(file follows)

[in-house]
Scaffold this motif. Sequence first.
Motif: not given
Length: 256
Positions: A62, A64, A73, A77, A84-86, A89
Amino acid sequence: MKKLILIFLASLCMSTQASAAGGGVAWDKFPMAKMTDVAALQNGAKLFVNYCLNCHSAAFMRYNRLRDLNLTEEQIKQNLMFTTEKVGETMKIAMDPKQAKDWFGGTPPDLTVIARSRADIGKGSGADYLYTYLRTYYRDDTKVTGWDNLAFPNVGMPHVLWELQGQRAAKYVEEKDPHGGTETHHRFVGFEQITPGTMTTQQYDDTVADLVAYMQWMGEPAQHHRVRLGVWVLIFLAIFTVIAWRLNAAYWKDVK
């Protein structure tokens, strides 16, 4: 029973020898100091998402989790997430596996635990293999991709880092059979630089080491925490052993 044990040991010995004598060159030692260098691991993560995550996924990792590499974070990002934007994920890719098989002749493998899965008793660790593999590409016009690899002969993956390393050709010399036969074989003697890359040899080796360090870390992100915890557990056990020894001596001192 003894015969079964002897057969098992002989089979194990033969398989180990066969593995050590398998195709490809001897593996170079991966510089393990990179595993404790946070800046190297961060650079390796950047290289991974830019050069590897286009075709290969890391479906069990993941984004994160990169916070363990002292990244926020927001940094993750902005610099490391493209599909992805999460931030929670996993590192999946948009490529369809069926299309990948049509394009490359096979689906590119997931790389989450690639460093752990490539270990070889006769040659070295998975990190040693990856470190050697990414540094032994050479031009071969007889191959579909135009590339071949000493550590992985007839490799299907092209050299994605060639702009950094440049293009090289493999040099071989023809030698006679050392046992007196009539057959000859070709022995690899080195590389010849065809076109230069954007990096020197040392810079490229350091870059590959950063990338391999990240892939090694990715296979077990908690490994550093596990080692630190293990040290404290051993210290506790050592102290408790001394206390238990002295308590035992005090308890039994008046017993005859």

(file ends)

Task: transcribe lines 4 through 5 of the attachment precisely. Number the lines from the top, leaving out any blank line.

Length: 256
Positions: A62, A64, A73, A77, A84-86, A89